December 31, 2008

Filed under: Northwest European, Reared red meat, Offal, Unusual meat — ros @ 12:55 pm

after several months of not being able to properly access your blog. When I finally opened up my admin page after goodness knows how long, I was pleased and slightly suprised to find some people had linked to me. Of course I was less pleased when I found they’d just been hotlinking my photos. Chuh! :roll:  

Then there were the forty or fifty comments largly made up by spam. Having been there when my spam filter was designed, I know that this spam isn’t made by spam robots as it used to be. There are apparently now many hundreds of trained spam monkeys trawling the internet and leaving badly disguised links to their websites, masqueraduing as gushingly complementary comments.  

Anyay, yes, hello, I’m back, at least temporarily. I still don’t have a real computer. Just a laptop with a screen I can barely read and no keyboard. Thank God the boredom of the Christmas holidays has finally forced me into typing on a barely functioning USB device to update this poor, neglected website. So now I can tell you about my recipe for sheep.

No, of course I couldn’t eat a whole one. Not in one go anyway. But this dish includes a fair number of sheep consituents.

sheep dish with offal

Towards the end of August, I went to the Covent Garden Night Market specifically to see Fergus Hendrson perform on their stage kitchen. Softly spoken and slightly awkward in front of the large audience, he was a far cry from what you’d expect from a ‘celebrity chef’, yet he conveyed his passion for good cooking and ingredients better than any popular household name. Two things in particular stick in my mind. The first is his assertion that recipes are merely guides, not rules, for a genuinely good cook. The second is what I have come to hold high in my list of cooking commandments:

Love Thy Butcher

According to Henderson, if you find a butcher worthy of your custom and let them know how much you love them, you can expect great things. In his case, he got pig trotters. I was after sonething slightly different.

I was expecting a negative reaction clutching my short but unusual shopping list but the gentlemen at H G Walters barely batted an eyelid when I handed them the piece of paper. One veal kidney, some lamb sweetbreads and two lamb tongues would apparently be no problem.The two latter ingredients were destined for a recipe that held my fascination for some time: lamb rack with sauteed tongue and sweetbreads.

The original recipe, from the first series of ‘The Great British Menu,’ had obviously been created in the summer and required fresh broadbeans and samphire. I made do with defrosted peas but otherwise the ideas are largely unchanged. 

Sheep Feast (Rack of Lamb with sauteed tongue, sweetbreads and peas)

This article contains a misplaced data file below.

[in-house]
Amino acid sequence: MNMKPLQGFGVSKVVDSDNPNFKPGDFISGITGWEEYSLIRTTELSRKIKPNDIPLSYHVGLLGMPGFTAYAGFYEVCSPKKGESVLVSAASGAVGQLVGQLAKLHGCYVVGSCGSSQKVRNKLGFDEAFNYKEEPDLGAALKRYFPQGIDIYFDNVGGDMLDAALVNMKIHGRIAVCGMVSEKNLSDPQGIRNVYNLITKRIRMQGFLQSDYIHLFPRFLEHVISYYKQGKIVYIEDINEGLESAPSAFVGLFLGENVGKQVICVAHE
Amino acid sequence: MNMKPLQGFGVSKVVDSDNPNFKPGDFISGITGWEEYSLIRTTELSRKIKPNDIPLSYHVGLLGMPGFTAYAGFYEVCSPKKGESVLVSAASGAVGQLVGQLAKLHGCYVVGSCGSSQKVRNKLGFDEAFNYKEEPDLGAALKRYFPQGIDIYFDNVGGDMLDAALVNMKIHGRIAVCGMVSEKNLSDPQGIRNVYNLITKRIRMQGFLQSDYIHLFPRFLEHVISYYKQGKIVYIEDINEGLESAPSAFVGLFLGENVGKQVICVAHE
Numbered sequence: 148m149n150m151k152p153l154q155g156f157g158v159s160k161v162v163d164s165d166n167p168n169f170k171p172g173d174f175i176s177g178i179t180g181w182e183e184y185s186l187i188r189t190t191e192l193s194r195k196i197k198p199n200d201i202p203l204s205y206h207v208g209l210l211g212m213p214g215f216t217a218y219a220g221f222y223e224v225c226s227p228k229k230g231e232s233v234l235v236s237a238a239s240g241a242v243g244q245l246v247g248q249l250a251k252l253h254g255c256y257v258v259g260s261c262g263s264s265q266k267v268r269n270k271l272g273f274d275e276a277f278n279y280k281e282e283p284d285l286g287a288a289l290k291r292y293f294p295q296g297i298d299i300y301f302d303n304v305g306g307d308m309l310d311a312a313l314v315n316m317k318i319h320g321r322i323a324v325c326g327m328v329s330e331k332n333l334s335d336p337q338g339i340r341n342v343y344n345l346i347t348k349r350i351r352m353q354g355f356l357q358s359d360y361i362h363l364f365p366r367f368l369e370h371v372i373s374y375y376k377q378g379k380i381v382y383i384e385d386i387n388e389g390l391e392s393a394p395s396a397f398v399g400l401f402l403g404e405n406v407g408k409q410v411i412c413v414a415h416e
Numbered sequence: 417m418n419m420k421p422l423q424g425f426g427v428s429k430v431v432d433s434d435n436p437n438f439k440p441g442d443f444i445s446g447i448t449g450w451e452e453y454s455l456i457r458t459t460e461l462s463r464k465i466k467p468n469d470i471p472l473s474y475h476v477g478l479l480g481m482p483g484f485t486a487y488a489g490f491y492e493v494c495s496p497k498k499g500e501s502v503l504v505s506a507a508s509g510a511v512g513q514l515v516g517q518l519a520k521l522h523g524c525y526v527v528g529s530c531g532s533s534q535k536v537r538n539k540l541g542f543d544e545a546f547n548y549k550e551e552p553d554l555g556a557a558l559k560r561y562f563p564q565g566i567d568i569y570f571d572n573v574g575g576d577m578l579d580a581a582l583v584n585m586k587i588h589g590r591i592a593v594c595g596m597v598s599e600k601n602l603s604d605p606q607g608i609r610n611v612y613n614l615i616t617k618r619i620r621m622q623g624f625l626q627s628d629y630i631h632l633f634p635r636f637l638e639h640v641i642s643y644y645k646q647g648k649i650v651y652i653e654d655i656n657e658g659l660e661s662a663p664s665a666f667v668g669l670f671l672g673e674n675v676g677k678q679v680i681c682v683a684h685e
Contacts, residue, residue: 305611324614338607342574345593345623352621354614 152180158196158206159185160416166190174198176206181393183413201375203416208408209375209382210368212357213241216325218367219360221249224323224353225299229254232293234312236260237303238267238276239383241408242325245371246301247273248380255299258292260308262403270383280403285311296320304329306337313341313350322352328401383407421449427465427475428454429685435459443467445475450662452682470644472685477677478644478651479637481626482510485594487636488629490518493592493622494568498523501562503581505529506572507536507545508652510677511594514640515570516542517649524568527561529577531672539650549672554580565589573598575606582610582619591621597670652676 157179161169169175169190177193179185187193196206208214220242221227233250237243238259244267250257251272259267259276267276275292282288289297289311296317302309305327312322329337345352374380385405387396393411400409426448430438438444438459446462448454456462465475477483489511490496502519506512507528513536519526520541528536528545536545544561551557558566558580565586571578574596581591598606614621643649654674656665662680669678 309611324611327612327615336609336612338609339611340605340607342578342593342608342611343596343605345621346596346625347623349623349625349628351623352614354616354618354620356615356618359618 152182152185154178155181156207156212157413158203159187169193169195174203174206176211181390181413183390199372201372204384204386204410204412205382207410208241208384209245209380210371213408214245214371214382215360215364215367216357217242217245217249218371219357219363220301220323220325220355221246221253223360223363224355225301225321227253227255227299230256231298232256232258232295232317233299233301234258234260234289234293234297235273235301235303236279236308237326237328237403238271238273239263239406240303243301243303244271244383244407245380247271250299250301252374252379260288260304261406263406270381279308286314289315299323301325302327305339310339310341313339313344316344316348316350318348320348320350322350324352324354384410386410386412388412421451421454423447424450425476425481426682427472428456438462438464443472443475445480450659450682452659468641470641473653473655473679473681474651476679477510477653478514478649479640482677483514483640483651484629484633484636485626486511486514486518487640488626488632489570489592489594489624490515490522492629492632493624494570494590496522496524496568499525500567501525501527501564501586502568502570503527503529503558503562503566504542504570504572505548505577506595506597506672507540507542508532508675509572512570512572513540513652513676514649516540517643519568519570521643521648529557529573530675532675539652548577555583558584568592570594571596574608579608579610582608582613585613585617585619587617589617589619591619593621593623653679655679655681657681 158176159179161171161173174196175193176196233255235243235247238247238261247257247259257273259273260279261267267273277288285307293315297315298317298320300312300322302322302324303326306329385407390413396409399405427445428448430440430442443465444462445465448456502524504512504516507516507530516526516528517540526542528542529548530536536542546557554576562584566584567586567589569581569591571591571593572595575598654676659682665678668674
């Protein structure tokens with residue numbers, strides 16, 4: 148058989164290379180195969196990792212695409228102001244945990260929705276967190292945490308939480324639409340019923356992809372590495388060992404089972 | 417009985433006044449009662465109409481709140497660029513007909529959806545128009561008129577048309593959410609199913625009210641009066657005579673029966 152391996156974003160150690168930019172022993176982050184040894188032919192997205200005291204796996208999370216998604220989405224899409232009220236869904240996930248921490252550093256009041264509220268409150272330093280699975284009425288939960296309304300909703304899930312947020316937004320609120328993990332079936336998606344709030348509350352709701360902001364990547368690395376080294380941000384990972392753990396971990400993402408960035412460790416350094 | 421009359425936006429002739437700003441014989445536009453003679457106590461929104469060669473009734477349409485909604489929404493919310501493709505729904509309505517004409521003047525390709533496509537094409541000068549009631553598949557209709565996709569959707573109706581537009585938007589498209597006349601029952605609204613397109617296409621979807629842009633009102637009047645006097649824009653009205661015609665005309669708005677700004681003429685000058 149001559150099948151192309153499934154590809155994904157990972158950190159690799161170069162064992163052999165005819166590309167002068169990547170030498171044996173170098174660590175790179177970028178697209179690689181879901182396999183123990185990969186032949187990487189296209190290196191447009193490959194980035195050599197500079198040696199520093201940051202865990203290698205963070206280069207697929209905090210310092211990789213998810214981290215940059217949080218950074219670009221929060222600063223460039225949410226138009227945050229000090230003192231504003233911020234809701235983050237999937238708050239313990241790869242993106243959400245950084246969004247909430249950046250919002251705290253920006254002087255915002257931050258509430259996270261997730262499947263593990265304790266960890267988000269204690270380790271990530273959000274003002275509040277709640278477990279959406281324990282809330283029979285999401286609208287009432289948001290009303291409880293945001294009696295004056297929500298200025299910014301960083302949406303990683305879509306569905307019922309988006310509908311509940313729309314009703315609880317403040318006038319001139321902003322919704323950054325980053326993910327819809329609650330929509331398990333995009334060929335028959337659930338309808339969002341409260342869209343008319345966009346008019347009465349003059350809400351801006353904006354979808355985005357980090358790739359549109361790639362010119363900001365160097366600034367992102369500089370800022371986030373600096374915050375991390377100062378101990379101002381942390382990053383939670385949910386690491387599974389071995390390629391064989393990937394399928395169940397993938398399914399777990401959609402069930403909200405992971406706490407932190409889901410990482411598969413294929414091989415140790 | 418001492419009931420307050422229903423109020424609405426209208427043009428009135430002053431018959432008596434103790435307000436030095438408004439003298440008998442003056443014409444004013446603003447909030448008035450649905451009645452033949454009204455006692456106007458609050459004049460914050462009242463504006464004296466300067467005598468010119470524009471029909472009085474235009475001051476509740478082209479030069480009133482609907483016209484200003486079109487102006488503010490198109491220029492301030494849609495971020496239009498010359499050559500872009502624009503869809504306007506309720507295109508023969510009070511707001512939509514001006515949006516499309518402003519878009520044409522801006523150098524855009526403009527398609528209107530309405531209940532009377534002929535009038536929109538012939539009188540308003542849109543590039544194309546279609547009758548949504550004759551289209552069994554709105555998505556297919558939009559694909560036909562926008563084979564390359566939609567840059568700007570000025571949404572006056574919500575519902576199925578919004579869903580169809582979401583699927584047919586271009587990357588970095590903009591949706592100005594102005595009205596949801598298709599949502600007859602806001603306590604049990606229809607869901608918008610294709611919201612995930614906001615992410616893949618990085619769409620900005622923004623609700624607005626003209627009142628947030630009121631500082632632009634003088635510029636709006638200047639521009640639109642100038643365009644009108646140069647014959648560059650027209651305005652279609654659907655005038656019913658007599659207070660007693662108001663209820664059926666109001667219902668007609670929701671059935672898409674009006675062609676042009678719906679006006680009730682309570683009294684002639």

For Two People

  • 1 large rack of lamb (wih about 6 rib bones in)
  • 2 lamb tongues
  • 350g lamb sweetbreads
  • 2 handfuls of peas, fresh or defrosted
  • 200ml fresh lamb stock
  • unsalted butter- around 30g
  • salt and pepper
  • parsley to garnish
  1. Prepare the sweetbreads: If they’re frozen, allow them to defrost. My butchers say that if you’re short on time, let them sit it some warm water to speed this up. Then soak them in cold water in the fridge for two hours.
  2. Drain the sweetbreads. Bring a pa of water to the boil. Drop in the sweetbreads, bring back to the boil. Drain immediately and refresh in cold water. When they’re cool, peel off the tough outer membrane, then pop them in the fridge until ready to cook.
  3. Prepare the tongues: Place in cold water and brinng to the boil. Simmer until tender (around 1 hour 15 minutes). Remove from the heat and allow to cool in the cooking liquid.
  4. Roast the rack of lamb as you norally would. I brushed mine with olive oil, seasoned and roasted it in a preheated oven at gas mark 6 for15 minutes This gave me pleasantly rare meat. Wrap in foil and leave to rest.
  5. While the lamb is roasting/resting, cook the peas in boiling water then drain.
  6. Pat the sweetbreads dry and dust them with the seasoned flour. Heat half the butter in a frying pan and when it is foaming add the swweetbreads and fry until golden brown on all sides. Remove with a slotted spoon and set aside.
  7. Drain the tongues and cut in half. Sautee on both sides auntil golden brown.
  8. Add the sweetbreads, stock and peas to the pan Simmer together for a few minutes.
  9. Cut the lamb rack into cutlets and serve with the peas and sweetbread mixture. Garnish with parsely. Minted new potatoes made a good accompaniment to this.

 

All in all a good recipe. The slighly diappointing thing for me is that the sweetbreads weret te crispy type I’ve had before. Perhaps that is easier to achieve with calf sweetbrads. Still, the flavour was good and I imagine that if I’d had a chance to get my hands on some samphire, it would have been even better. Incidentally, lamb sweetbreads are CHEAP. Excellent value for money if you have a good butcher that can order them for you. The most expensive part of this meal was the lamb rack but, given the quality it was well worth it. 

Happy New Year, everyone!